The Swamp Thing is kind of silly. A monster with all the strength and power of a tree! Watch out, bad guys. You may be on top of the world now, but in another 50 years, you’ll be dead, while Swamp Thing is even taller and leafier than ever.
Like its protagonist, 1982’s The Swamp Thing is pretty goofy, but it’s stronger than I imagined.
In a remote swamp, Dr. Ray Wise is working on combining plant and animal DNA to create a new breed of superfoods. Agent Adrienne Barbeau is sent in to protect him, but it isn’t enough to stop Louis Jordan, who kills Wise and steals his work. But Wise isn’t dead — he’s been transformed into a powerful mutant. And he’ll have his revenge.
The Swamp Thing was made in 1982, but it feels decades older. That’s in part because its footage feels like it was shot from somewhere under a swamp. A yellow-tinged, grainy swamp that is apparently free from all forms of mosquitoes and flies.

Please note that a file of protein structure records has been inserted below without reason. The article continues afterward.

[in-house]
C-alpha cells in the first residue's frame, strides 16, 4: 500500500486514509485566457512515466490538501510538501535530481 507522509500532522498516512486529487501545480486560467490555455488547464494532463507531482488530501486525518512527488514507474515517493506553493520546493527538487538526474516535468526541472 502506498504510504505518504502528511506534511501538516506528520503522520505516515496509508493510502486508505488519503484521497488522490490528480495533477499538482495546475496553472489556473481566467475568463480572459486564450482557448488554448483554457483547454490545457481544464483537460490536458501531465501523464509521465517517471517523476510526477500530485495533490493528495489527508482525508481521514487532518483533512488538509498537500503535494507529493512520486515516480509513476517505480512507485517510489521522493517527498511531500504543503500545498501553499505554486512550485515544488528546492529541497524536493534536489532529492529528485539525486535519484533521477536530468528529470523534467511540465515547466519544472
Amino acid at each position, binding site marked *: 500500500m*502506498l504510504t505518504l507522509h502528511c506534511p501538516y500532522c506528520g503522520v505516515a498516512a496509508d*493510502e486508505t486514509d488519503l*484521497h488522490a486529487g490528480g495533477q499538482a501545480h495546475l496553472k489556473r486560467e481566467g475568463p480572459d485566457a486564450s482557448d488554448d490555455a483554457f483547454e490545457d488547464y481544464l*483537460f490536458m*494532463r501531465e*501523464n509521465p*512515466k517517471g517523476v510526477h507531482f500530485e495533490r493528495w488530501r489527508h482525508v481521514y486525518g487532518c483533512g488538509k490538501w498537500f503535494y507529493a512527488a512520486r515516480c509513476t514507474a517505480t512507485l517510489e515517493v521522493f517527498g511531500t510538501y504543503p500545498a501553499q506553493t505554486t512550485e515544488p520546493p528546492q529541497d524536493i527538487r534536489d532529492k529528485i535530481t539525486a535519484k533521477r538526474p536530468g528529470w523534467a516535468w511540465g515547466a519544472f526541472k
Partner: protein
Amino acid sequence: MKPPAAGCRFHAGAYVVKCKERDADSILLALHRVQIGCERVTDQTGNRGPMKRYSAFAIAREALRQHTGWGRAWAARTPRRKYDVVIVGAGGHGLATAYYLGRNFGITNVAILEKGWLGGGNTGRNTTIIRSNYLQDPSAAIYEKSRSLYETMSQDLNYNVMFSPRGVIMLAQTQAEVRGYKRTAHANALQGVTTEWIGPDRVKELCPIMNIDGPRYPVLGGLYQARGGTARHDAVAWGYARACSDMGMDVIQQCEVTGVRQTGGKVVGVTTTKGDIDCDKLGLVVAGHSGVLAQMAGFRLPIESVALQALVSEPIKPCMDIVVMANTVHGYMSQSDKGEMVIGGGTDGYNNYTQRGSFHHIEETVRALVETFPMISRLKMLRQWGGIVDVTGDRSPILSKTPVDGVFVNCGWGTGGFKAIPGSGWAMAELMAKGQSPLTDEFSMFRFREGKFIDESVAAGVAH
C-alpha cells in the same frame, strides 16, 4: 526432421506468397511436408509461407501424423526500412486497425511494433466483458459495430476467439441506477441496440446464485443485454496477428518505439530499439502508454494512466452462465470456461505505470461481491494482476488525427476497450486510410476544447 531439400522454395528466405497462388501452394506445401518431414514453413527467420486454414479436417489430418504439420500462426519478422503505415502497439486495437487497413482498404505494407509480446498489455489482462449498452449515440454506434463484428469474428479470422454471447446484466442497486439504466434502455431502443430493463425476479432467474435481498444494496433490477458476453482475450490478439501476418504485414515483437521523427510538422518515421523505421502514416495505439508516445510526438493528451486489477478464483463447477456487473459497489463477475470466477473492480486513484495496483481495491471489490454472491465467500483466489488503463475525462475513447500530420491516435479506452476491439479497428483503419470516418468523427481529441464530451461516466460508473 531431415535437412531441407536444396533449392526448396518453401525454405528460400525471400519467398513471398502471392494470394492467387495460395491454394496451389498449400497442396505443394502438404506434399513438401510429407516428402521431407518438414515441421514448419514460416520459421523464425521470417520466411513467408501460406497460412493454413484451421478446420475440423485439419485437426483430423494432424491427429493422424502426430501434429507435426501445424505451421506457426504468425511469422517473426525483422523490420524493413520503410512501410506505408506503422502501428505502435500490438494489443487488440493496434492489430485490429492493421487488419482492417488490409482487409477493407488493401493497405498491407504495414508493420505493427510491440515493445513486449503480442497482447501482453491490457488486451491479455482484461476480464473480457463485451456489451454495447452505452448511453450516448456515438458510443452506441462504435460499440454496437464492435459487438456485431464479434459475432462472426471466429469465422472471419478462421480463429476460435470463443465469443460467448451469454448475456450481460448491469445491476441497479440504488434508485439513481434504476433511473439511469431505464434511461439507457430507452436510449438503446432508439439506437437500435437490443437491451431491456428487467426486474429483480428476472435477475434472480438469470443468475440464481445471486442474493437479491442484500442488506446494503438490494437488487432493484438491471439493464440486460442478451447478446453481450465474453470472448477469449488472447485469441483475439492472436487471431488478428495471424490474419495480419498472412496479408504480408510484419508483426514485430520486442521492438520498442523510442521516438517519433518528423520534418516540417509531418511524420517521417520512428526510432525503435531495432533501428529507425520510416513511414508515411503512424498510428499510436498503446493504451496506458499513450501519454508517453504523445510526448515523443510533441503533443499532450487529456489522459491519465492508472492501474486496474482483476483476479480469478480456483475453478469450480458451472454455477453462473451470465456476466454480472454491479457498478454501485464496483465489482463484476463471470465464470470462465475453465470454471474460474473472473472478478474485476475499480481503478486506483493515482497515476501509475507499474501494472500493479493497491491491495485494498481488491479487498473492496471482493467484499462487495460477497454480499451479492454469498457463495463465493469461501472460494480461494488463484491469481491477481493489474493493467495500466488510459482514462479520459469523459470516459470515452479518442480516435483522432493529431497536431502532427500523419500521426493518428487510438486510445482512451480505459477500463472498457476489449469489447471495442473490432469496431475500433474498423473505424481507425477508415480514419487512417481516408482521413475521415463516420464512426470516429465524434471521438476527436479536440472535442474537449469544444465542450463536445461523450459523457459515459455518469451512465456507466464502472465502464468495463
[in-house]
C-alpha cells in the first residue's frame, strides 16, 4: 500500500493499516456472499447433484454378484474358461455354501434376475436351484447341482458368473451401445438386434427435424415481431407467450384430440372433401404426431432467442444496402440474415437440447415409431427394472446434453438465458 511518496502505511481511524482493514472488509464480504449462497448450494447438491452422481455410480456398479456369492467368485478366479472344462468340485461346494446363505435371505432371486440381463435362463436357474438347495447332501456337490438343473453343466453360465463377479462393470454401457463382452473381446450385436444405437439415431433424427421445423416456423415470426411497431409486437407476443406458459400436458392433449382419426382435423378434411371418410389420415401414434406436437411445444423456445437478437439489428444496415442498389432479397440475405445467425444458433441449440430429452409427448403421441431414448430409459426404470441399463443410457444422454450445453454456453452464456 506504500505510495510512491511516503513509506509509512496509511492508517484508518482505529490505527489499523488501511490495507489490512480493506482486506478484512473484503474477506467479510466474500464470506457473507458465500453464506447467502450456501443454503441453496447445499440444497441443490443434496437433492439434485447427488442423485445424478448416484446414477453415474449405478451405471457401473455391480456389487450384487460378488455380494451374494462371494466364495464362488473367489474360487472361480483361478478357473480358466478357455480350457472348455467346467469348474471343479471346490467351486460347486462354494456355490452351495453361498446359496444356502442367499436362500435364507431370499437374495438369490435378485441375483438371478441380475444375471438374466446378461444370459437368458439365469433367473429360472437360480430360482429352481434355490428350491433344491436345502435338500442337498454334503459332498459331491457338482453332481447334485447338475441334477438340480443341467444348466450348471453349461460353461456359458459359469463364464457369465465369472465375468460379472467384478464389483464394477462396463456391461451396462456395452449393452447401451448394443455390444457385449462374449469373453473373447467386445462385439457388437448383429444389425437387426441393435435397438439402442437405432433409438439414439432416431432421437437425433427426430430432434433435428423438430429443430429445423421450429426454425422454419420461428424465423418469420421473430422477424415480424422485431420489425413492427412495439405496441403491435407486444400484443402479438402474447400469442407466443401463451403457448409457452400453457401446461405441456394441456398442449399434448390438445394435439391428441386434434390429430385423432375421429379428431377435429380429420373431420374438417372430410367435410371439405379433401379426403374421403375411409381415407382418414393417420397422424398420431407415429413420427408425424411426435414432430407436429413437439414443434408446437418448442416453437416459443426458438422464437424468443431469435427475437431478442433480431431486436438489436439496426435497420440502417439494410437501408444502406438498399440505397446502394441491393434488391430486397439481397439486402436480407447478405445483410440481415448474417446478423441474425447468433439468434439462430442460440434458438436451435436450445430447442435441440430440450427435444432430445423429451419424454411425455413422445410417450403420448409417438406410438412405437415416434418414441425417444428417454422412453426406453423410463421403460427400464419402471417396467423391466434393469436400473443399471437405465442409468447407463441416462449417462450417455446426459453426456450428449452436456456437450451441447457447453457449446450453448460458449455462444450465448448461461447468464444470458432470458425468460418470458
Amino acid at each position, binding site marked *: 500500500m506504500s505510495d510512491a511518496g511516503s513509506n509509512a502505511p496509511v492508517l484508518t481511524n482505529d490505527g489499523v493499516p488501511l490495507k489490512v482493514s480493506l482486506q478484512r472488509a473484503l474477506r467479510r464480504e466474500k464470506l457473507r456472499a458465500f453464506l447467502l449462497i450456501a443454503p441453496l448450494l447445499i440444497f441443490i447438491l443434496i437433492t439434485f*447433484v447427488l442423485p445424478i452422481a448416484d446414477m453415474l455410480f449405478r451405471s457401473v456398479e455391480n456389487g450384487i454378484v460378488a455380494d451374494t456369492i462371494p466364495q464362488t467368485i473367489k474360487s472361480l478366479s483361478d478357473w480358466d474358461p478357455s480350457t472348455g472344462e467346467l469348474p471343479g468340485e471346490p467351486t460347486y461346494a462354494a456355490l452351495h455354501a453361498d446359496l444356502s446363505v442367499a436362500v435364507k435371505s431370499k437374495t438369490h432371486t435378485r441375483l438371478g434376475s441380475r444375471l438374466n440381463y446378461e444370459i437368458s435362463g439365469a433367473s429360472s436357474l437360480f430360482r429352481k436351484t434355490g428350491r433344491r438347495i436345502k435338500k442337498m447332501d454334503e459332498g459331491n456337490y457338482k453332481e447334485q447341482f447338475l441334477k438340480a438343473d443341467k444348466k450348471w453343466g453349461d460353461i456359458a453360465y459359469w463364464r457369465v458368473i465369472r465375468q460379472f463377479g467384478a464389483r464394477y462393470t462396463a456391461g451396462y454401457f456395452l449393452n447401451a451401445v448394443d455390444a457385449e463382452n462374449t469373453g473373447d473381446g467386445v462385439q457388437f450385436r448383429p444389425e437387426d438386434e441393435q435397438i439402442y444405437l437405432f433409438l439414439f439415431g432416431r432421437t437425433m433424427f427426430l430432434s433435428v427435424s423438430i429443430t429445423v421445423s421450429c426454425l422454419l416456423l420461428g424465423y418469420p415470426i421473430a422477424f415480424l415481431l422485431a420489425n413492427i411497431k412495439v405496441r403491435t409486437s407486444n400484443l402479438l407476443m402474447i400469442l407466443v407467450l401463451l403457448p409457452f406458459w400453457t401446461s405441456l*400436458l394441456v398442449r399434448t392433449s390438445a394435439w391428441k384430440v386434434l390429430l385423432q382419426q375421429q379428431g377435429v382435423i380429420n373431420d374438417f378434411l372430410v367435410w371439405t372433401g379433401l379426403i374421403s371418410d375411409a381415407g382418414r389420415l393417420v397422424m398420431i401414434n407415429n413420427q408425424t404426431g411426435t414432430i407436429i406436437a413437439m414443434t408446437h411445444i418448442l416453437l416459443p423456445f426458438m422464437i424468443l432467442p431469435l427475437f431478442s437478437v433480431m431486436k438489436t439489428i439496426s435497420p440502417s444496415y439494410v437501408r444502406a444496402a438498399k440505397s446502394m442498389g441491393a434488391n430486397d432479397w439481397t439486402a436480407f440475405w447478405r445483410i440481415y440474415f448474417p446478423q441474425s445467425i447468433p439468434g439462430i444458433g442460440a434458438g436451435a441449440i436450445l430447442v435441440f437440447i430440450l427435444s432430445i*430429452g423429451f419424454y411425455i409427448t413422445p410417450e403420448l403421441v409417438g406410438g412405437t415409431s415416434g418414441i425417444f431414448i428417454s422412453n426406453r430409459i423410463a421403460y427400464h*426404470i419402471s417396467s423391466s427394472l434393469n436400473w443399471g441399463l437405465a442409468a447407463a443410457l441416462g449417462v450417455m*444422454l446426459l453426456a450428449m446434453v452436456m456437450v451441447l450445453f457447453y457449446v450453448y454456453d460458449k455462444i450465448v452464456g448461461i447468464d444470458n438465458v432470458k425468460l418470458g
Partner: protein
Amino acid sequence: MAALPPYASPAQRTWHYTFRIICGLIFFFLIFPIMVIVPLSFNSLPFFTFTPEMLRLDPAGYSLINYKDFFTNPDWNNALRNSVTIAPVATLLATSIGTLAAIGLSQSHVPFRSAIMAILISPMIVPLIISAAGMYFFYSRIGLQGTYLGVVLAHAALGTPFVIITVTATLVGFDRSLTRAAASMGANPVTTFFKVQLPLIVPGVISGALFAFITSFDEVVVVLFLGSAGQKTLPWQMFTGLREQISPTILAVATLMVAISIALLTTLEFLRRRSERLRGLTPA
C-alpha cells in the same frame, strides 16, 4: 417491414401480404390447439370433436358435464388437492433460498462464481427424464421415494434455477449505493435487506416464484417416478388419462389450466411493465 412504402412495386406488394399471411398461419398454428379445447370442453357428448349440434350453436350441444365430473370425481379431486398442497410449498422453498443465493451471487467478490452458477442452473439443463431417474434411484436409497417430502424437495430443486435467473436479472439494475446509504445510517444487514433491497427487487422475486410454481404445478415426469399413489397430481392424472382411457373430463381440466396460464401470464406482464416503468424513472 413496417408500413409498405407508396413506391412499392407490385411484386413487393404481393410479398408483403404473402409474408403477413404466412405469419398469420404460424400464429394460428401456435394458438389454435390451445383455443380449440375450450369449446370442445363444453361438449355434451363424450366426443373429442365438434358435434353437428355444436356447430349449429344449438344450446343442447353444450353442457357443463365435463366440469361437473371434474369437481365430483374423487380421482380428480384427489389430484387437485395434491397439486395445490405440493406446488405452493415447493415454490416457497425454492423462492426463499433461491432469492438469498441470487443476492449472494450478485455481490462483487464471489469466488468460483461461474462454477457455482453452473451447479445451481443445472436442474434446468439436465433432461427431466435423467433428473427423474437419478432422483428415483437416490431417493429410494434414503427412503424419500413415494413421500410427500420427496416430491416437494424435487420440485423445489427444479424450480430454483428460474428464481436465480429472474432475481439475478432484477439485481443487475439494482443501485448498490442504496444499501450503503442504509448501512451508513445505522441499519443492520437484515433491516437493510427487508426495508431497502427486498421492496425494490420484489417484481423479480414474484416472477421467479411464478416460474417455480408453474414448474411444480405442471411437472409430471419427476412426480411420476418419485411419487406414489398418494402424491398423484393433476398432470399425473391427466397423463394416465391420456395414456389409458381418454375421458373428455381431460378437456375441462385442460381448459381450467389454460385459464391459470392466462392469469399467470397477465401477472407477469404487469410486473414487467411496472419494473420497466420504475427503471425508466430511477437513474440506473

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Barbeau isn’t exactly a damsel in distress. Her three chief skills appear to be punching, shooting and the stealing of critical information. So if anything, she’s a ninja in distress.
Fortunately, she has Swamp Thing on her side. And Swamp Thing, with his arboreal strength, is a match even for Germanic, Nietzsche-quoting villains bent on global domination.
But as cheesy as it is, writer/director Wes Craven puts some pathos into his wretched hero and his doomed romance with Barbeau. Some of the dialogue’s pretty sharp, too. Something less than a classic, The Swamp Thing is a pretty fun horror flick nonetheless.
* Contact Ed Robertson at firstname.lastname@example.org.